Test Match Sofa
Durham happy to see Plunkett go
By Tim Wellock
Yorkshire are taking an even bigger gamble in handing Liam Plunkett a three-year contract than they did in taking Steve Harmison on a month’s loan. After striving in vain in recent times to persuade the pair to bowl straight, Durham would have been happy to offload both from their excessive wage bill.
They have had to honour a pledge to award Harmison a benefit in the final year of his contract, but the huge disappointment of being unable to resurrect Plunkett’s talent will be tempered by relief that another county is prepared to shoulder the burden.
Durham gambled in the fifth match of the season when, with Graham Onions unavailable and Ben Stokes injured, they selected Harmison and Plunkett to play at Taunton. The move backfired as both bowled erratically, Plunkett taking none for 69 in 12 overs in the first innings. He wasn’t called upon to bowl in the second and it proved to be his only County Championship appearance of the season.
None of this should be seen as a reflection on Durham’s coaching staff as their efforts reaped rich rewards with Chris Rushworth and Stokes this season, while Mark Wood’s maiden five-wicket haul at Trent Bridge showed he has a first-class future.
Plunkett is still only 27, but it is seven years since he played the first of his nine Tests and the more coaches he has worked with in that time the more wayward his bowling has become.
In 2011 he played in only the first two games and there were encouraging signs in the second when he bowled a hostile spell in the final session at Headingley and his three wickets helped Durham to victory. He suffered a thigh injury in the process and didn’t reappear until the Twenty20 competition, by which time his accuracy had disappeared again.
Durham announced that he would undergo lengthy rehabilitation in the winter, going back to basics in his bowling action, which had undergone some tinkering by the England coaches several years ago in an effort to alleviate back problems.
Hopes were high at the start of the 2012 season that the work would pay dividends, but while there were occasional signs in the Twenty20 that he was getting back to his old self, he ended the competition with an Achilles injury and didn’t play again.
Middlesbrough-born Plunkett initially attracted Yorkshire’s attention as a schoolboy batsman, but it was Durham’s Geoff Cook who spotted his potential as a bowler and took him into the academy. He made his first-class debut, aged 18, in 2003 against Durham University and a few weeks later he took five for 53 on his Championship debut at Headingley.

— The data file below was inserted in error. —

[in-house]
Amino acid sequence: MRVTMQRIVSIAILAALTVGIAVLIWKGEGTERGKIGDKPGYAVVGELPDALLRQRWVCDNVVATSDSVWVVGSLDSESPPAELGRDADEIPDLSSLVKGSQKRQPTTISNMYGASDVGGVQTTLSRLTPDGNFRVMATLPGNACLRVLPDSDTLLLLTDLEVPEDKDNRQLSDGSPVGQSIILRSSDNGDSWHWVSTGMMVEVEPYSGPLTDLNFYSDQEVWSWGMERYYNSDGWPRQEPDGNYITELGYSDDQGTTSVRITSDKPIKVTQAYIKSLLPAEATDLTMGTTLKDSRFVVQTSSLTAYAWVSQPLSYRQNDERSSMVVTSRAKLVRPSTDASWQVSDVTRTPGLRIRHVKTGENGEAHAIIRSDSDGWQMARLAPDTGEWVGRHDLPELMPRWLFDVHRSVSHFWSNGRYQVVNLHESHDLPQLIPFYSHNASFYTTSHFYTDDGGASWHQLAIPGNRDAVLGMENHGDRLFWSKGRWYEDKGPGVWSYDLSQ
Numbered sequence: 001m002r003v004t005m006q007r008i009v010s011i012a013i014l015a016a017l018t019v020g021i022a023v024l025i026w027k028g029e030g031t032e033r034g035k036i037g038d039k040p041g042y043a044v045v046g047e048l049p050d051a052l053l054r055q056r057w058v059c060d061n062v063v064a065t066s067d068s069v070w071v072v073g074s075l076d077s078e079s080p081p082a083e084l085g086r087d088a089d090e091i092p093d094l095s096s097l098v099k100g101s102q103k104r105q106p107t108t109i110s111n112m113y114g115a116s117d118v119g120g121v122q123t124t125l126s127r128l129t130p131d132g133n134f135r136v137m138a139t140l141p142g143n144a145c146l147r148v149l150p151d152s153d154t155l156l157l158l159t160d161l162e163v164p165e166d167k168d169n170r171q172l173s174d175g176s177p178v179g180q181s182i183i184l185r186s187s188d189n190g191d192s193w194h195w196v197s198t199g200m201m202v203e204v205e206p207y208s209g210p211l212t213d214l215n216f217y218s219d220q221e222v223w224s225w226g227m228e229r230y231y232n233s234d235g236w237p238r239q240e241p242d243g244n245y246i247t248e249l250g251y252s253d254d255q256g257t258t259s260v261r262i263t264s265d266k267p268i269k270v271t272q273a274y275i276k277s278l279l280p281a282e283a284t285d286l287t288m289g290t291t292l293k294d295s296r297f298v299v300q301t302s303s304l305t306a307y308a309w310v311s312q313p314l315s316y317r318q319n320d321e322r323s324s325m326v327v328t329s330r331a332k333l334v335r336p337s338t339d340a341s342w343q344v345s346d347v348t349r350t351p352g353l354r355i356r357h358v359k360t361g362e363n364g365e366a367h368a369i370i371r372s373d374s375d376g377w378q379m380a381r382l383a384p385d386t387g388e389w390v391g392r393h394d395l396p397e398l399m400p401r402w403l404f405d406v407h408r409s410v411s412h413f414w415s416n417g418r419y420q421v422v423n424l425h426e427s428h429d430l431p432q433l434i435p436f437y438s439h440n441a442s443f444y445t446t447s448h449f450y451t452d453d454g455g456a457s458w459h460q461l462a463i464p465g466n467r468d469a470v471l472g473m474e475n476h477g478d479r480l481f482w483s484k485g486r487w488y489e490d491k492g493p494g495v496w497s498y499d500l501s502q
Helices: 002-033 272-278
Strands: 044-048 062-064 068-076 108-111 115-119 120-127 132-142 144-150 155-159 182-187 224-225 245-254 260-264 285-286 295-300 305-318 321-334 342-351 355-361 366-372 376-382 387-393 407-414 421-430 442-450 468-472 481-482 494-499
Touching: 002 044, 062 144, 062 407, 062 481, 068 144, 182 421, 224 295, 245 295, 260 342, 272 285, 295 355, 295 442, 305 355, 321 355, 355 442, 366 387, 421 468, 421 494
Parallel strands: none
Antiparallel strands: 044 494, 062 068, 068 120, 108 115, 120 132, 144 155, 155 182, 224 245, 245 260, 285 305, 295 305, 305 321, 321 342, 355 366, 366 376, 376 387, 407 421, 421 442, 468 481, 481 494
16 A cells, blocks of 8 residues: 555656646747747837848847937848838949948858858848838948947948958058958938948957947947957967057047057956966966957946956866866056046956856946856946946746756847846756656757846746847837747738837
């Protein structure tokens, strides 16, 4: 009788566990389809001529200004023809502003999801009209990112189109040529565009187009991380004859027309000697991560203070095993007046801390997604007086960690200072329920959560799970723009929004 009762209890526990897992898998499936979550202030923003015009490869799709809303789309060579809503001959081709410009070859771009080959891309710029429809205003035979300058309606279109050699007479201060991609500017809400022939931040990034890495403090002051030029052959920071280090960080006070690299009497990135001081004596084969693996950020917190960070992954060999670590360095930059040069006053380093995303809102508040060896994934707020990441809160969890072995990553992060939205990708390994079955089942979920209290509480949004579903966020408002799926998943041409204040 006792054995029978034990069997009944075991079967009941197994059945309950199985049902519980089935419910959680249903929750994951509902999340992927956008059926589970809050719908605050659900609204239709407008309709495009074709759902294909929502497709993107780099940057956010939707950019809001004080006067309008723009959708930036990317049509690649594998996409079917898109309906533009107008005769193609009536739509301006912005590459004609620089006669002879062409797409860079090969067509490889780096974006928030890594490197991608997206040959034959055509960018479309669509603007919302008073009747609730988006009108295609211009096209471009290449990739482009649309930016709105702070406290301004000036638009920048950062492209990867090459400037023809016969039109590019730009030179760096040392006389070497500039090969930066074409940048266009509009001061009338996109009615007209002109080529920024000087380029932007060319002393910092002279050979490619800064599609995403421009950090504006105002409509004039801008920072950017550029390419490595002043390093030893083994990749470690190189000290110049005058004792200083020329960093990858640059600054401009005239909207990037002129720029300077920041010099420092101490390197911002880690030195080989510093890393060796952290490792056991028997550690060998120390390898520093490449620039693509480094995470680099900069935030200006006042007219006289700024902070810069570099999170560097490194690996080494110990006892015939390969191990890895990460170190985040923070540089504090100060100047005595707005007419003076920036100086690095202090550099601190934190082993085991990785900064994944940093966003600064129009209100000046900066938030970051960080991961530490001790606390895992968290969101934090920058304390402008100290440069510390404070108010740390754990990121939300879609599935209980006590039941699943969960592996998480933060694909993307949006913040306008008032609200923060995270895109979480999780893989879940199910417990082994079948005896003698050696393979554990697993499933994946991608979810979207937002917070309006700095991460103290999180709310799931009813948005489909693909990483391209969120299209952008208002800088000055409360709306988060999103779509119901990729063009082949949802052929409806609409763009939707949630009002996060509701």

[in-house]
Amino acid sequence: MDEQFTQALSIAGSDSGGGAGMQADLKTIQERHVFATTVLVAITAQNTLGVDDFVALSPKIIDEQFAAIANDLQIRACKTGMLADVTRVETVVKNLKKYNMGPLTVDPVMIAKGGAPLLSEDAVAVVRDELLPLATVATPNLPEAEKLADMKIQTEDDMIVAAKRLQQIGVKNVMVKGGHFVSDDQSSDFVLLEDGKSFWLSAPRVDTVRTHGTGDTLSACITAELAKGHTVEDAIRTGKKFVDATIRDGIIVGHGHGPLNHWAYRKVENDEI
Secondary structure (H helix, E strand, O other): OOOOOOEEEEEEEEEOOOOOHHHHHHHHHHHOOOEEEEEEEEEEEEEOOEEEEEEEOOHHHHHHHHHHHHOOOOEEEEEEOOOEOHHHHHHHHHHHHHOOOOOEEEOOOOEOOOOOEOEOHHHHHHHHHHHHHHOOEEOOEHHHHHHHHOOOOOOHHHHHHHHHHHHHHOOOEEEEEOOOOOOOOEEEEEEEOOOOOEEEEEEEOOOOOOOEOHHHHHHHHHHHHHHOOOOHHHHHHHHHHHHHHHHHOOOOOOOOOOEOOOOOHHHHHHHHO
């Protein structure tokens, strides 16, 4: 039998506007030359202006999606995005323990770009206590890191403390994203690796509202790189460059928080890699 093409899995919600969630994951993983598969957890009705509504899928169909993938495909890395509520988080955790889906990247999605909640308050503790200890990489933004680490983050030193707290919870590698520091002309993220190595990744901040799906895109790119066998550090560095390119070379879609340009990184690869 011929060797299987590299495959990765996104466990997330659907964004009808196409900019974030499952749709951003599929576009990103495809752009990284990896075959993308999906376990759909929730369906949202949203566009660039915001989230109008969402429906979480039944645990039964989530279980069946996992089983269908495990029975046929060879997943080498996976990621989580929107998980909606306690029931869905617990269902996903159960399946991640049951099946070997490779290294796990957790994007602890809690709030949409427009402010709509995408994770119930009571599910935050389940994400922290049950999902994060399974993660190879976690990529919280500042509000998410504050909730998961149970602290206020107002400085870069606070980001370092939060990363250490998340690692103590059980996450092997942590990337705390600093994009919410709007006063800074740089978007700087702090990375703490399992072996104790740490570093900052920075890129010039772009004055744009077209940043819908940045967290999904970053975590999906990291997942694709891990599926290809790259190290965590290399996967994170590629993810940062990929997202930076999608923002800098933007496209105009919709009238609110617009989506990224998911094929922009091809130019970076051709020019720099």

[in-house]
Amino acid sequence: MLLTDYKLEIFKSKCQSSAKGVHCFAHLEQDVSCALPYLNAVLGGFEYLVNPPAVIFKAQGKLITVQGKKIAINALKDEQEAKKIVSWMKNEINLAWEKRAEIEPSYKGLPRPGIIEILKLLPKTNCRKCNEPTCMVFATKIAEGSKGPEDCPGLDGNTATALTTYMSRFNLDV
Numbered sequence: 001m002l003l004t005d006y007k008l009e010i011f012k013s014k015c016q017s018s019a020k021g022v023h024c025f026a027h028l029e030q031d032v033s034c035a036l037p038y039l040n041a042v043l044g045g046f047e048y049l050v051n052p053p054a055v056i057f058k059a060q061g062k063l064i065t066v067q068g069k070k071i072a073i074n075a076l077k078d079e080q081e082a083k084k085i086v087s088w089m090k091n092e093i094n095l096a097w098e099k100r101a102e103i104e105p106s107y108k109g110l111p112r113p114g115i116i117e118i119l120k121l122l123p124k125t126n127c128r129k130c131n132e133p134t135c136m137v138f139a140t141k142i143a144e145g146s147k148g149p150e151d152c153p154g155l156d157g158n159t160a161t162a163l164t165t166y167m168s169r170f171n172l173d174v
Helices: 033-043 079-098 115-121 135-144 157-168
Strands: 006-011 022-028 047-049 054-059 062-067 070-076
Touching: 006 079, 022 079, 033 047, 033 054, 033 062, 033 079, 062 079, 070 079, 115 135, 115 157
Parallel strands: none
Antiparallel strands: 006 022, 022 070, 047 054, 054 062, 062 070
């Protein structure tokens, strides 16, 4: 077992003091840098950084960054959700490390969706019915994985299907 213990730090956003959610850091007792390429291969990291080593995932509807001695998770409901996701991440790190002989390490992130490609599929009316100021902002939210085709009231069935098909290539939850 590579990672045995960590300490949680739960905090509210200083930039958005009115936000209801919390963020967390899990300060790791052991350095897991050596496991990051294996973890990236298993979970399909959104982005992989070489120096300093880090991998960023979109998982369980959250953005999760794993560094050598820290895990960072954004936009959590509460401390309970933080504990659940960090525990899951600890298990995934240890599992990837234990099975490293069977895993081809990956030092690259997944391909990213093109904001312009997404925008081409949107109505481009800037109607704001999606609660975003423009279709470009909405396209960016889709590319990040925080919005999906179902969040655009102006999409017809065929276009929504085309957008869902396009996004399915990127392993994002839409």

It was not the only time he performed well at Headingley, showing his prowess with the bat there in 2009, when Durham were heading for defeat until he contributed 65 to the county’s record eighth-wicket stand of 147 with Phil Mustard in the second innings.
The same pair had put on 143 at the ground the previous year, but by the time Durham clinched their first Championship title at the end of that season Plunkett was out of the team.
He was a regular over the next two seasons and took 49 wickets when the title was retained in 2009. But his accuracy became a recurring problem and he also has to live with the reputation of being a slightly wayward character following his second conviction for drink-driving.
Martyn Moxon, the Yorkshire director of cricket, is prepared to overlook all that. Having worked with Plunkett during his six years as Durham’s coach, he knows what he is dealing with and describes him as “a wholehearted cricketer with considerable talent”. Moxon added: “He has what it takes to regain a place in the England side.”
Another Teessider, Mark Davies, has enjoyed an excellent season after leaving Durham for Kent. But fitness, not accuracy, was the issue with Davies and Plunkett’s radar has been off beam for too long to be easily rectified.
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